French Defence Minister Jean-Yves Le Drian will arrive in India on a three-day visit later this month to hold talks with his counterpart Manohar Parrikar during which the issue of the multi-billion dollar deal for Rafale combat aircraft is likely to come up.
He will arrive in India on November 30 and hold a series of meetings with top defence and government officials the next day.
Defence sources said the meeting with Parrikar will take place at the Army Battle Honour Mess rather than at the South Block.
This will be Parrikar's first meeting with a foreign dignitary after he took charge of the Defence Ministry earlier this month.
Though sources said no "restricted meeting" is scheduled, the aircraft deal is likely to come up as the French government is keen to wrap it up as soon as possible.
The sources maintained that specific deals are not discussed in regular meetings.
Restricted meeting is one when the Ministers meet without officials being present.
Incidentally, French Foreign Minister Laurent Fabius had met External Affairs Minister Sushma Swaraj and then Defence Minister Arun Jaitley in June and had pushed for early purchase of Rafale combat jet planes.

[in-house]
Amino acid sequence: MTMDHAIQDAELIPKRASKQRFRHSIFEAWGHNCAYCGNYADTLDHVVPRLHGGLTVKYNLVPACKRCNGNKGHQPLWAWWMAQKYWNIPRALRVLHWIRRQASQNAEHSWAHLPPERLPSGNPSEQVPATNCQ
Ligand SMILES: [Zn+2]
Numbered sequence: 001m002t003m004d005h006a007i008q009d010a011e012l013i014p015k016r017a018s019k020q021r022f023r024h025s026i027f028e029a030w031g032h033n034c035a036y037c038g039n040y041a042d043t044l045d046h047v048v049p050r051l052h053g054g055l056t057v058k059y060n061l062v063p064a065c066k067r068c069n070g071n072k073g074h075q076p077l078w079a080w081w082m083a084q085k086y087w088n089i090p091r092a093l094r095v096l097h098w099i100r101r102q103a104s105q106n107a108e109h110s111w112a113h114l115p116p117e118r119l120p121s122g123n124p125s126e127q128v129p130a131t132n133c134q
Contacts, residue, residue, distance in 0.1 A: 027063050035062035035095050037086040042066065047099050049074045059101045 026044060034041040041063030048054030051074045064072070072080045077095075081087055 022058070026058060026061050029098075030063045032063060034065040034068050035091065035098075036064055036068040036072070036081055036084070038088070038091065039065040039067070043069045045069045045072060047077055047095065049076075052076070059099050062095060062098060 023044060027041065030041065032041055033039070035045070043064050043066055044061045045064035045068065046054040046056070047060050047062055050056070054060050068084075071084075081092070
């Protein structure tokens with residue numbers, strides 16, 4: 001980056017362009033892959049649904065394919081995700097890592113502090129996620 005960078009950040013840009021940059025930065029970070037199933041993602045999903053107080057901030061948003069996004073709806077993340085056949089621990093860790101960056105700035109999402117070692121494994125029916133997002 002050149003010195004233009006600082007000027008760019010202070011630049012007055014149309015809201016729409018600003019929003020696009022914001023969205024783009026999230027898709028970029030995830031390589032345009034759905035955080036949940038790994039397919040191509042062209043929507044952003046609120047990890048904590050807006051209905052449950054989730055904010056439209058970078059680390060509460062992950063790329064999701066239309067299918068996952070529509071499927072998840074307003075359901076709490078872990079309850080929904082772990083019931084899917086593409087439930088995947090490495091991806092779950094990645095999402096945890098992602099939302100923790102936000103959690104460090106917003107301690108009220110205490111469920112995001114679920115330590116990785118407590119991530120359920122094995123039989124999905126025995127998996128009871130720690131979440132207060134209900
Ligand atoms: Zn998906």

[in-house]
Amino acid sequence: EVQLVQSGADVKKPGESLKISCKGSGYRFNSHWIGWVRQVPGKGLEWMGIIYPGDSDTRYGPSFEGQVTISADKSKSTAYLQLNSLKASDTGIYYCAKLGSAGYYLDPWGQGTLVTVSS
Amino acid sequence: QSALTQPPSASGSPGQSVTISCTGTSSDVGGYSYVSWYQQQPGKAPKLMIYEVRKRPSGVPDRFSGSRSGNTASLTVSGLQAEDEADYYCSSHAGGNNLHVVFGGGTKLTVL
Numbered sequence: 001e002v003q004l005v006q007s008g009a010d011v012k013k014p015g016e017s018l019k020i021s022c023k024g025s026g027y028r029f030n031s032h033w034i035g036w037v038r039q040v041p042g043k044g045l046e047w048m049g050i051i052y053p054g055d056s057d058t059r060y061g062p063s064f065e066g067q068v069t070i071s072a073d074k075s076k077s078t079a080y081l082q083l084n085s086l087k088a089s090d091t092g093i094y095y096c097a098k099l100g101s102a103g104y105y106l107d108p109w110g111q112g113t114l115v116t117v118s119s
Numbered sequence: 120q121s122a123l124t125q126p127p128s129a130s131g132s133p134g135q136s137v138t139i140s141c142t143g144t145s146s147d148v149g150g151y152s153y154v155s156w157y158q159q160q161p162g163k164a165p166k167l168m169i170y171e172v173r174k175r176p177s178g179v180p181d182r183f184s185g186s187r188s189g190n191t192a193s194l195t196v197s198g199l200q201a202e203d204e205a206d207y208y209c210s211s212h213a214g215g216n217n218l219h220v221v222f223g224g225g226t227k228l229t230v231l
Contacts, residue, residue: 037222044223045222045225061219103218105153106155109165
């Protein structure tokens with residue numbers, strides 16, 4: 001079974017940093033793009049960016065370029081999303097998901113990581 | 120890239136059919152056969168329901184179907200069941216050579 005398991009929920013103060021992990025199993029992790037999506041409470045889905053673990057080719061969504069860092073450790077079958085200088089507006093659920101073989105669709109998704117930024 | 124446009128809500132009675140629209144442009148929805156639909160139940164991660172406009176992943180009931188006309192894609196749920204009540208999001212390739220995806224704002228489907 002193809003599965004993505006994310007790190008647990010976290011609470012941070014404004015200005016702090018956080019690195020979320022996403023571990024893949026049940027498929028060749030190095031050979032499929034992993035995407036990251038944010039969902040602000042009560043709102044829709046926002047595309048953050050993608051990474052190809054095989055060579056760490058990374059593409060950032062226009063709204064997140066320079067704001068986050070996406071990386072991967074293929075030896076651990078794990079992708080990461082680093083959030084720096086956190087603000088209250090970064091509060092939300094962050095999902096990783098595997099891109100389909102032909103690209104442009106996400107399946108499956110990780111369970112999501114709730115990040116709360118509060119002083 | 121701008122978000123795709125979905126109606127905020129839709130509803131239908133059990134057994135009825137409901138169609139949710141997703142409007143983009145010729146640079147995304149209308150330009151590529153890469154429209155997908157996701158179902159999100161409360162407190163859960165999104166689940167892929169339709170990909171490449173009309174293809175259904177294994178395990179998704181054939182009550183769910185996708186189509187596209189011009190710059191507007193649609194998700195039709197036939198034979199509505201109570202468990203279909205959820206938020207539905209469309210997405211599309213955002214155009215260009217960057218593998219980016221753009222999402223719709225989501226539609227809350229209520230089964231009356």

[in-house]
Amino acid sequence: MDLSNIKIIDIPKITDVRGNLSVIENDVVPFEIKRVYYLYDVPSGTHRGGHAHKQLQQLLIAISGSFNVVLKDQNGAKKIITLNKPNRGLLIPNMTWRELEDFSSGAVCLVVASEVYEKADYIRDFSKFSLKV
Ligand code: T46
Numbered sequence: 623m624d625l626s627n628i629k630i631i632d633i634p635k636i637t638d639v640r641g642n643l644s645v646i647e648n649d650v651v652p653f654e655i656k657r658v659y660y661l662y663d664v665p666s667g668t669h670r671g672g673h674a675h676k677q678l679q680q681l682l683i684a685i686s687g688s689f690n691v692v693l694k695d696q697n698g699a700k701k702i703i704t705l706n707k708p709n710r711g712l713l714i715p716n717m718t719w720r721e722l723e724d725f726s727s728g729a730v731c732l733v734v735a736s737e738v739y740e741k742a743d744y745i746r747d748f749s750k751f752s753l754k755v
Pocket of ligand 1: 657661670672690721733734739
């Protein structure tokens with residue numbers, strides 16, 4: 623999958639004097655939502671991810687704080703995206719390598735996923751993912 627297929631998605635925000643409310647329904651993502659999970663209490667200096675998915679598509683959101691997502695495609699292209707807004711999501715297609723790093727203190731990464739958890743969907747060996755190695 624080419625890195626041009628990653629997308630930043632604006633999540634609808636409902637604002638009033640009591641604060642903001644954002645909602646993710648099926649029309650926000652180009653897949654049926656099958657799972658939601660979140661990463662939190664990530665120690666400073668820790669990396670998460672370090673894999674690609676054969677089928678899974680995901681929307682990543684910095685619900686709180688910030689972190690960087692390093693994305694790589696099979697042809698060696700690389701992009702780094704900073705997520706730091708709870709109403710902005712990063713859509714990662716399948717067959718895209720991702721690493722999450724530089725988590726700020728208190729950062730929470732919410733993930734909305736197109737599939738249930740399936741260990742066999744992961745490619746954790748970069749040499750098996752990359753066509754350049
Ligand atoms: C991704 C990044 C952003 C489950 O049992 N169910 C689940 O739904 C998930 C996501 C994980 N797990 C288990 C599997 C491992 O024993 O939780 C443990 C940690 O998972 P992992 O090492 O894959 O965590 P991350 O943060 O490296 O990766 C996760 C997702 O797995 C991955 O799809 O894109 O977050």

Fabius had said France hopes that with the new government, which was keen on efficiency, the implementation of the decision will be swift and had expressed confidence of a "positive outcome" to the ongoing negotiations in the deal.
Asserting that there was a difference in "some time" and "too long", Fabius had said that Rafale meets all the requirements of India, including cutting-edge technology and highest quality.
India had selected Rafale combat aircraft in a deal estimated to be over Rs 60,000 crore three years ago but the negotiations are still continuing between Indian Defence Ministry and the French firm Dassault Aviation as there have been issues over pricing and work-sharing.
The air force has been pitching very hard for the deal to go through and says it urgently needs the twin-engine multi-role fighter to maintain a combat edge against Pakistan.
Rafale, which would replace India's Russian-made fleet of MiG-21 and MiG-27 planes, had stood over combat aircraft manufactured by rivals like Boeing and Lockheed Martin.